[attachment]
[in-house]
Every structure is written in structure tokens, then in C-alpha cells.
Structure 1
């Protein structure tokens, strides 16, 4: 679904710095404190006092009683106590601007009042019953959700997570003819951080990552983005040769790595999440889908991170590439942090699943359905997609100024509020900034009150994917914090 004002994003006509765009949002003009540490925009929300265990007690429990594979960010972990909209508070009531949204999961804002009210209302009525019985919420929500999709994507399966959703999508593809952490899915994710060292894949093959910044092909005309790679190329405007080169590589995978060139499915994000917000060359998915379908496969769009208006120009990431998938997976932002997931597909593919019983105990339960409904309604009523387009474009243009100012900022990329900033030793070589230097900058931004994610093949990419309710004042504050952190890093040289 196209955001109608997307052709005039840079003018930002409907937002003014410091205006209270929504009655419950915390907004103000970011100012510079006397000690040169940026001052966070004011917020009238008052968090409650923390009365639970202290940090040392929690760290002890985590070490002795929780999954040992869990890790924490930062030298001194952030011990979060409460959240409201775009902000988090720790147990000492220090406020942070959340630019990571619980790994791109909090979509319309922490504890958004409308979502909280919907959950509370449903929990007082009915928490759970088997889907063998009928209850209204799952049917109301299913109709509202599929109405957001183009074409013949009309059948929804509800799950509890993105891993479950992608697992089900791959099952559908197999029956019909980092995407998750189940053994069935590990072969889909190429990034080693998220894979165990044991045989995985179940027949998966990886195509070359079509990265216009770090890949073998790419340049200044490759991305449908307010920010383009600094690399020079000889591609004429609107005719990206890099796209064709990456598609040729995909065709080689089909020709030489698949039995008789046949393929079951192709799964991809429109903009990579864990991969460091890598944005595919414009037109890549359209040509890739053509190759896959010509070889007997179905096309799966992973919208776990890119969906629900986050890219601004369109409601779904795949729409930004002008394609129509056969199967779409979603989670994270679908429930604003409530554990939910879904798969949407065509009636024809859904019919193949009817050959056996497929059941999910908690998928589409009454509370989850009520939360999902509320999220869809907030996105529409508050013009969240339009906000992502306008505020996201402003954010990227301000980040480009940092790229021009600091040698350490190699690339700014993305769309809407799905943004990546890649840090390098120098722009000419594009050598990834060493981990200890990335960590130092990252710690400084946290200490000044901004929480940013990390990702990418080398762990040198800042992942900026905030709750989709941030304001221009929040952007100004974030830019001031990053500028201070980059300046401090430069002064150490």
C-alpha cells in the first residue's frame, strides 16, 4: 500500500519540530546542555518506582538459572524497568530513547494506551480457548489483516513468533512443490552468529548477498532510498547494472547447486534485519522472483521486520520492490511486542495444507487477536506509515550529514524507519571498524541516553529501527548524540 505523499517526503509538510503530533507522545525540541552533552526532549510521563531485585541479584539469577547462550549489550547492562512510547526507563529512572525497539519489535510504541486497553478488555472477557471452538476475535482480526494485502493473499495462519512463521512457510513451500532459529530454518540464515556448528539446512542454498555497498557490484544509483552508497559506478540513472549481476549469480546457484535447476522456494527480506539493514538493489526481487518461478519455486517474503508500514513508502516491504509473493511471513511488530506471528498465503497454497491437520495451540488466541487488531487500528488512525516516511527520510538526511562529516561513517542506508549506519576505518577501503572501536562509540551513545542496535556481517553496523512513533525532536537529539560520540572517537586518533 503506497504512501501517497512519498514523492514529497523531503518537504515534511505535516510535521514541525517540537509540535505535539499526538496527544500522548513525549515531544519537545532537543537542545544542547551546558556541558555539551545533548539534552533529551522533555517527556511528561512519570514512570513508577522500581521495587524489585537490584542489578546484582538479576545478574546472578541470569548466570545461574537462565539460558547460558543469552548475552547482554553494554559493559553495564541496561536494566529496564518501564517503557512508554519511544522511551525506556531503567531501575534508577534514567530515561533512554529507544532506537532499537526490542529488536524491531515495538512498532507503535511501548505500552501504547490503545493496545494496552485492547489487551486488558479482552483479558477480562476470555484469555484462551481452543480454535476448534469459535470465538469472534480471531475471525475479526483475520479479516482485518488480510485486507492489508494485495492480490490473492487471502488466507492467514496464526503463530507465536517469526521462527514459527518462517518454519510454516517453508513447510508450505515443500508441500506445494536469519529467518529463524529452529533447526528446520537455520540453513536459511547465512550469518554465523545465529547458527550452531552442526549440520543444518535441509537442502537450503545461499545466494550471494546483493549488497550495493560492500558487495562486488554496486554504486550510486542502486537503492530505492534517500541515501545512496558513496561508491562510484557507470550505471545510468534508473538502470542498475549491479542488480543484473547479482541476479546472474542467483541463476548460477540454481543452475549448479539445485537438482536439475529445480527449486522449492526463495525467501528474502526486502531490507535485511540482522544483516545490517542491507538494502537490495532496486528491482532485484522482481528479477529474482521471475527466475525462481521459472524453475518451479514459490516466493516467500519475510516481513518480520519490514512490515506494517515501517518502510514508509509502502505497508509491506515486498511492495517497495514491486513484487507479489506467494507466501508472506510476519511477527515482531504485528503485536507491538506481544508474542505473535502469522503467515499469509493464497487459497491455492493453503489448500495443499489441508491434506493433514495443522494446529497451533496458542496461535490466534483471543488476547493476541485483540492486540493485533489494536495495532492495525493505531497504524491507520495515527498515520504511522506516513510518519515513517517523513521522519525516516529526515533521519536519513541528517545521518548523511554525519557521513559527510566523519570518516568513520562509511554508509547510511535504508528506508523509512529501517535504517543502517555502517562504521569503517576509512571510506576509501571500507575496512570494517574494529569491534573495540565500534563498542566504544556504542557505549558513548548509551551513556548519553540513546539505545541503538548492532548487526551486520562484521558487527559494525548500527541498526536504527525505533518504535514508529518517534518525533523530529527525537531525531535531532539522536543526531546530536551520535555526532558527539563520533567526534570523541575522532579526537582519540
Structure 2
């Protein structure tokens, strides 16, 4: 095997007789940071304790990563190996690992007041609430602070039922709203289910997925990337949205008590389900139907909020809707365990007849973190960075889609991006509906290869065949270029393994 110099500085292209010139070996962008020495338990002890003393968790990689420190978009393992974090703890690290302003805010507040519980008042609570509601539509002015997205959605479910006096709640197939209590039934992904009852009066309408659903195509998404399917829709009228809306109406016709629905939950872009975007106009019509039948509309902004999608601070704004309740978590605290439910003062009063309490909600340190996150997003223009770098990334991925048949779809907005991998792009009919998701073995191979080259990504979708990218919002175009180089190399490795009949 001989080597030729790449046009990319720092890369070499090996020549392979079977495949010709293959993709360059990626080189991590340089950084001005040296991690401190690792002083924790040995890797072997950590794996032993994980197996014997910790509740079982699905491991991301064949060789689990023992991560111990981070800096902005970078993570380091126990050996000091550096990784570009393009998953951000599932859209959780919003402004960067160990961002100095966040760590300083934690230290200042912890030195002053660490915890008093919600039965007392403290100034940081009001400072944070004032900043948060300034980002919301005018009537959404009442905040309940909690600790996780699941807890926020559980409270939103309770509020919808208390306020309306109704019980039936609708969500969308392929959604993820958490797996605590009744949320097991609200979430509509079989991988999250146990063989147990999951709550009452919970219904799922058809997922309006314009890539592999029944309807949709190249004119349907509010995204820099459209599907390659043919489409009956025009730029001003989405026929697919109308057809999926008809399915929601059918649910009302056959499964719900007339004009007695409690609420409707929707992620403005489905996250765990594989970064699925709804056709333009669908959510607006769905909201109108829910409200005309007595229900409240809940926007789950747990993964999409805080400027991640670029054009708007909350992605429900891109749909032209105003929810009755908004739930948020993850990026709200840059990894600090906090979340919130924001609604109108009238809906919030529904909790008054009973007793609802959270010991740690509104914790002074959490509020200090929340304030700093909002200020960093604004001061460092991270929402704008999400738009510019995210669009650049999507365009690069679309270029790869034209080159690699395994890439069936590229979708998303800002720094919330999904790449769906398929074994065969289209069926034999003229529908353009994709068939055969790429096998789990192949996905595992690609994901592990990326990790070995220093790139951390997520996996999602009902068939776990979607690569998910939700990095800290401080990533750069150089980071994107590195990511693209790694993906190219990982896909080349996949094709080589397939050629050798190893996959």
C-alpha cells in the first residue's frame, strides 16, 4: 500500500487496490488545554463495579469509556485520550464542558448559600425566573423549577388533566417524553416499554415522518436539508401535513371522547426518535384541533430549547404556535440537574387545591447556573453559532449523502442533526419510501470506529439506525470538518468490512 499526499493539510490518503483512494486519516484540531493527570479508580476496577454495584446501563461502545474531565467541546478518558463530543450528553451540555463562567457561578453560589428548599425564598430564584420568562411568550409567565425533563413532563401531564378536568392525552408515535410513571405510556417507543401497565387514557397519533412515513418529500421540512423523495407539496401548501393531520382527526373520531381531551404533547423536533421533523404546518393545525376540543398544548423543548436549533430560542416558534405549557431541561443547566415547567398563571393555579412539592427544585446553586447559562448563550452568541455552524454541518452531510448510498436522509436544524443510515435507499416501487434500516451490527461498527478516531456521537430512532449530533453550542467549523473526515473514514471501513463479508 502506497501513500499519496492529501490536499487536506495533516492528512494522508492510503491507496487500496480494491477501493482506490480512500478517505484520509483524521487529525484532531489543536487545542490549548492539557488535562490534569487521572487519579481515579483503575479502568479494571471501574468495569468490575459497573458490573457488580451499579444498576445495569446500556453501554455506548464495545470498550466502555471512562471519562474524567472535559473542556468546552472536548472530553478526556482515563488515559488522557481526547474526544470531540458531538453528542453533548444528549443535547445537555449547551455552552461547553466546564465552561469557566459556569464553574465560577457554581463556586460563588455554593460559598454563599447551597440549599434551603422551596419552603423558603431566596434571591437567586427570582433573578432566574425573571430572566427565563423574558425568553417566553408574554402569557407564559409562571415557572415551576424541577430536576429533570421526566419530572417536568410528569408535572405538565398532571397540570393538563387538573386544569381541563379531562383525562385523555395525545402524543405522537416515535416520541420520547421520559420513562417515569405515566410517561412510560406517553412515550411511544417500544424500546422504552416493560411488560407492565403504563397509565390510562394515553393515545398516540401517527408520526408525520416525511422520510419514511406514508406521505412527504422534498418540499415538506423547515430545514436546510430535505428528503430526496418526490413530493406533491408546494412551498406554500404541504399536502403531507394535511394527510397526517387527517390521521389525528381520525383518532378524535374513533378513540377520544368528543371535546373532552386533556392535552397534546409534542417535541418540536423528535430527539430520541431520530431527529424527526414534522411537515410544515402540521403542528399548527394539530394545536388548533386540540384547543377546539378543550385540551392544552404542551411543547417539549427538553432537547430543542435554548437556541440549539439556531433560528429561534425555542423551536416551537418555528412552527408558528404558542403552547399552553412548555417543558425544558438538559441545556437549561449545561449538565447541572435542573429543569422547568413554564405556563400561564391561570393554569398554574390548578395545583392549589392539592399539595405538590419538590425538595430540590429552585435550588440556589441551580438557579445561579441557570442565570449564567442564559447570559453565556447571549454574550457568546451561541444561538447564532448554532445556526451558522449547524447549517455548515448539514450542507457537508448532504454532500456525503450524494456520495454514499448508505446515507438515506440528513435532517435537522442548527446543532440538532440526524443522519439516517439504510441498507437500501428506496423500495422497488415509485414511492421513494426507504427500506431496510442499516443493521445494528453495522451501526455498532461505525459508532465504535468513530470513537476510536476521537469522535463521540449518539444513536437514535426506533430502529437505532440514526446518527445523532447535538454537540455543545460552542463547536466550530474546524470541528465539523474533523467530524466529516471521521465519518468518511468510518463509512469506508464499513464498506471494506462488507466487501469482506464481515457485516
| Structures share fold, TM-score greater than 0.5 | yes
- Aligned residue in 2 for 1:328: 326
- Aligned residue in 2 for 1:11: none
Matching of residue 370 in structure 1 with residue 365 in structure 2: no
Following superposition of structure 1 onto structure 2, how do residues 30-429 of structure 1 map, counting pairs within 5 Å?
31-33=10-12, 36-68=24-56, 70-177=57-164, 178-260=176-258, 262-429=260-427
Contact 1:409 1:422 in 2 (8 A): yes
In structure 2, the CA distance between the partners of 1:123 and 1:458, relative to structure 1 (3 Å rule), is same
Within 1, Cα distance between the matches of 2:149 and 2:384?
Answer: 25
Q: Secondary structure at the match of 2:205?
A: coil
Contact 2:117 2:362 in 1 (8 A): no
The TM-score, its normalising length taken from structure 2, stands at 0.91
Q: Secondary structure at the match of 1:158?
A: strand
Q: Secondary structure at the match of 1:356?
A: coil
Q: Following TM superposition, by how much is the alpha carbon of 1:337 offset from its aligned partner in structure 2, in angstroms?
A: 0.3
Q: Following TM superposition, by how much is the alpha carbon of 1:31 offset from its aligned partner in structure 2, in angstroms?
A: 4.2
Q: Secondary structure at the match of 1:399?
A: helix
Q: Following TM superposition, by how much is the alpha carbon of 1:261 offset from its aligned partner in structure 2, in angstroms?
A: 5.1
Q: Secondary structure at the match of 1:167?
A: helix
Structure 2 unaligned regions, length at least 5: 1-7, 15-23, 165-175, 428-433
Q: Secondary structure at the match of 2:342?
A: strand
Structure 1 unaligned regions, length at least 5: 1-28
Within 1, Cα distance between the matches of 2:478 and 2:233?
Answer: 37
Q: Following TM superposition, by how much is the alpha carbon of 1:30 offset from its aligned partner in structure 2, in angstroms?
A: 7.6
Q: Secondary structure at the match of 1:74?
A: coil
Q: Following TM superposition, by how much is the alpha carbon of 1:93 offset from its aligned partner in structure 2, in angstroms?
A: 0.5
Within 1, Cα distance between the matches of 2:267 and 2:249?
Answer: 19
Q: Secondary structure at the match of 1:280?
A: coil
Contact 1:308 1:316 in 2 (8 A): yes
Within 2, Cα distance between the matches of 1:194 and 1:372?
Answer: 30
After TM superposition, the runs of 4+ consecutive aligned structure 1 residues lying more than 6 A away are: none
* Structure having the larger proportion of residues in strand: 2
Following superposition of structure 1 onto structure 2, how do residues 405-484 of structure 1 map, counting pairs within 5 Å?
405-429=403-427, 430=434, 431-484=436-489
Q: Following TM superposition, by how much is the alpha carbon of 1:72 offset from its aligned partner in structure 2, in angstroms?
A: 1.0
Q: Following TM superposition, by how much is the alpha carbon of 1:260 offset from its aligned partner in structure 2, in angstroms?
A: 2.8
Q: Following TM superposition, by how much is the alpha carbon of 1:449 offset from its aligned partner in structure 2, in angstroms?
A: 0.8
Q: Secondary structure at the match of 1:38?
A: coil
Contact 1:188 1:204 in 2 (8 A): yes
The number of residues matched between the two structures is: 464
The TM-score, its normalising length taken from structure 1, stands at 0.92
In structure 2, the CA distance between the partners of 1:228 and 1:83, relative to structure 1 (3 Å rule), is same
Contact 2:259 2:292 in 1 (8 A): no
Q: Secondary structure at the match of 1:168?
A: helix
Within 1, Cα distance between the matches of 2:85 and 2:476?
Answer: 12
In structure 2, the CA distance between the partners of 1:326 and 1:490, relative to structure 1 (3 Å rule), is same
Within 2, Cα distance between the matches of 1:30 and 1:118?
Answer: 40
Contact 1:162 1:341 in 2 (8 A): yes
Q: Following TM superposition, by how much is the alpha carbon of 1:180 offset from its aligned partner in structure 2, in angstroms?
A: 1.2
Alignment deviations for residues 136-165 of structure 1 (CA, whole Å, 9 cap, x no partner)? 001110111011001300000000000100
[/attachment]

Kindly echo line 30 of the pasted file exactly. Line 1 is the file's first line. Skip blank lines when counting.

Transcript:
A: 4.2